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On another trip to Oscaritos, I picked up a six pack of Bohemia Vienna lager, Obscura (4.0).  This beer is made by Cervecería Cuauhtémoc Moctezuma.  One of the two macro breweries that have pretty much a monopoly on Mexican beer.  The other is Grupo Modelo, makers of the Especial I had earlier.  This brewery is in mainland Mexico but it’s at least a Mexican beer.  This beer was decently good, but a little sweeter than I would have expected for the style.  A lot of Mexican beers are based on German styles, but I’m sure they’ve tweaked them.

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On the next to last day of out trip, we happened to be spending a second day in Todos Santos.  Something I had missed the first time, there was actually a small craft brewery called Todos Santos Brewing.

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This was mostly an American style craft brewery with several varieties of IPA and Pale Ale, accented by a Stout, a Red Ale, a Brown Ale and a few others.  I settled on the Chuck Norris Red Ale (4.75) and my wife got the Midnight Oil Double Black IPA (4.25).  The hop profiles on both were fantastic.  Very American/New World style.  The owners are from Australia originally, so I’m sure they throw in some New Zealand and Australian hops that are all the rage now.  The Black IPA was on Nitro, which was a little unfortunate, but it was still good.  Neither my wife or I really care for beers on Nitro and it’s sort of out of place on an IPA anyway.  To my palate, nitro beers tend to be a little sweet, lacking the carbonic “bite” of carbonation.  That’s fine in a creamy Irish stout like Guinness, but for an IPA you want that bite. All in all, very good, friendly staff, great service.  It’s out of the way, but if you’re ever in Todos Santos, B.C.S, I highly recommend you stop by.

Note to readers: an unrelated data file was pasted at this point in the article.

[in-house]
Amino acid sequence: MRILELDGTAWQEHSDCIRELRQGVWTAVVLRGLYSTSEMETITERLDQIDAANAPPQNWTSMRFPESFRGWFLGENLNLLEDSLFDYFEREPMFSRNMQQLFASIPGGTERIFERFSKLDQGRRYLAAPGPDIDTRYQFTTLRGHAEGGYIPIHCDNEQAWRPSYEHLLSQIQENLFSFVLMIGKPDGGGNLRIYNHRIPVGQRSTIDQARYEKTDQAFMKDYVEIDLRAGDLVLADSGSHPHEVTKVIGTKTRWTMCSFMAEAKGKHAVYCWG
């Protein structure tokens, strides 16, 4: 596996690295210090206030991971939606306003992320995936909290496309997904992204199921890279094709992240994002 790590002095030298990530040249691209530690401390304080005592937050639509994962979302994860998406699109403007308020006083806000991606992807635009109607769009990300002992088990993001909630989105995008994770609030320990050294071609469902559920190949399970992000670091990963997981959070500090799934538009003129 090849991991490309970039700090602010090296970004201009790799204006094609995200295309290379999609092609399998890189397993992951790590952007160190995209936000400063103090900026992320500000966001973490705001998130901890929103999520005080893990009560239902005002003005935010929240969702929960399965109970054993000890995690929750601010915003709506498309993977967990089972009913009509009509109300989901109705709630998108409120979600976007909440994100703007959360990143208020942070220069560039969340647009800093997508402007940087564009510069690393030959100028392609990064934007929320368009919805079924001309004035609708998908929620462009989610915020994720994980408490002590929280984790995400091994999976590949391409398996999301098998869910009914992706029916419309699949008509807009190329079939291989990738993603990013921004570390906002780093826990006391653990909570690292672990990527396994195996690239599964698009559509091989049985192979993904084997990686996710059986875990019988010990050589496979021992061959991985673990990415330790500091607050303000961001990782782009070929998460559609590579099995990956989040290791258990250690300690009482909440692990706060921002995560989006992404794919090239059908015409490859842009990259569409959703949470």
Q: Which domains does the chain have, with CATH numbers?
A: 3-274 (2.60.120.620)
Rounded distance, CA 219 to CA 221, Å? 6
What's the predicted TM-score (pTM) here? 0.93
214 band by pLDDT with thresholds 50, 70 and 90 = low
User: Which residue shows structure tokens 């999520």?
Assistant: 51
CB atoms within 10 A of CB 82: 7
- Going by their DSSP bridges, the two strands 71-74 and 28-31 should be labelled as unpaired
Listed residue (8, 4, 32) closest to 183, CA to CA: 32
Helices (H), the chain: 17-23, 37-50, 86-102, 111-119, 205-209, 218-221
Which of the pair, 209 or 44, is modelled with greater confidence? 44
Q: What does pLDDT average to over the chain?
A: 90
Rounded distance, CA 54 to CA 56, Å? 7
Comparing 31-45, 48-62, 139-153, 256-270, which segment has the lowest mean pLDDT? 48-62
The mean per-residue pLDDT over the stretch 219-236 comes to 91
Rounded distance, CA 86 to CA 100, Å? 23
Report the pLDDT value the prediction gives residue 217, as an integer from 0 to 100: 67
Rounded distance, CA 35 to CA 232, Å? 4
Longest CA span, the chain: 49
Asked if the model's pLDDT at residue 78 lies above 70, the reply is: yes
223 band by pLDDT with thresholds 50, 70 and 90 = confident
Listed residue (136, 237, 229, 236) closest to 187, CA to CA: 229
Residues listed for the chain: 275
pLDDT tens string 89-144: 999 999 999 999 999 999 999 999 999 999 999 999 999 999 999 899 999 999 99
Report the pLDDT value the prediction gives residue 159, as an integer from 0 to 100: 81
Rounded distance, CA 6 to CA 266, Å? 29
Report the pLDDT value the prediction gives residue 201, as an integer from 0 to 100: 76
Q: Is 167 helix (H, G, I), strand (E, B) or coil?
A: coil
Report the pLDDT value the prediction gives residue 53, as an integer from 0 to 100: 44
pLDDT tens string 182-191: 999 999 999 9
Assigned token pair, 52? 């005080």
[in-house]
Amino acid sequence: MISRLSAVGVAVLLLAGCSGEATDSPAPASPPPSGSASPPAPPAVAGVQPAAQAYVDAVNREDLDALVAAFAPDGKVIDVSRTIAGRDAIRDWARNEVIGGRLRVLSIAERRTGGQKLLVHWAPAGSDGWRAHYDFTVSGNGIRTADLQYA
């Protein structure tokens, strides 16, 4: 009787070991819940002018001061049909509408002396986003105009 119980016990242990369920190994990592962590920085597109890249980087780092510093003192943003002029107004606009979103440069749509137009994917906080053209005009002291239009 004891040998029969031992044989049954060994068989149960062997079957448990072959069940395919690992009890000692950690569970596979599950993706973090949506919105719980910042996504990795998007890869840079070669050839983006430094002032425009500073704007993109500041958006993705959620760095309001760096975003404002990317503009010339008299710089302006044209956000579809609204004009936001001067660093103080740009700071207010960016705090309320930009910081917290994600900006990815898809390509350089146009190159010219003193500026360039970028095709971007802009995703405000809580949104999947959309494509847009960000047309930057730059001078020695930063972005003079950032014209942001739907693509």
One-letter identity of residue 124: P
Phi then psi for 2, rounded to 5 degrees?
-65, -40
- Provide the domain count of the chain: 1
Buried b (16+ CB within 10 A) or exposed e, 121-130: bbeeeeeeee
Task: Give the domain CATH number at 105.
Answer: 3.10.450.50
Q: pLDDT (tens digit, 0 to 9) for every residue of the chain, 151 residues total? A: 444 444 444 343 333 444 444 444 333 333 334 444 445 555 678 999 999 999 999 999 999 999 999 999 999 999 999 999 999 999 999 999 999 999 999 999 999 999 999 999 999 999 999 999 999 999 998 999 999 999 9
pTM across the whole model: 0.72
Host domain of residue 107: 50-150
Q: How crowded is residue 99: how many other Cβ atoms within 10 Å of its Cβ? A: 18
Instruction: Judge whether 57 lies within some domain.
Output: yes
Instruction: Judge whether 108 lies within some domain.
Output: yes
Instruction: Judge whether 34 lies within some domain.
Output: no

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The last beer I had on the trip was actually in the airport on the way home.  San José del Cabo is a really small airport and the one choice for a sit down place to eat was a sports bar themed in Corona dressing.  They had beers from Grupo Modelo, and the two draft options were Modelo Especial and Negra Modelo.  My wife and I both opted for the Negra Modelo (4.5).  Negra is a dark Vienna style lager similar to the Bohemia Obscura, but quite a bit better.  I’ve enjoyed Negra here in the States on a couple of occasions, but fresh on draft at the airport in Mexico was a very enjoyable experience.

Another interesting thing that I noticed was that all of the C-stores, and even some of the small cafes were completely decked out in beer logos.  A lot of the C-stores had their name painted on the side of the building, but the light up sign on a post would be a beer logo.  The three I saw most often was Pacifico, Tecate and Modelo.  Restaurants would also have logos on chairs, tables, napkins, etc.  It seemed as if each place was “branded” by one of the breweries.

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This logo was painted on the side of Oscaritos, and as you can see the whole building is decked out in the blue and yellow of Pacifico.  The other C-store down the street was completely decked out in the red and black of Tecate.  This seemed to be the way all of the stores were decorated.  (Car shops were also completely decked out in white and green with a Quaker State logo on the side, so it wasn’t just breweries who advertised this way).

So there we have it, a small sampling of some beers from Mexico!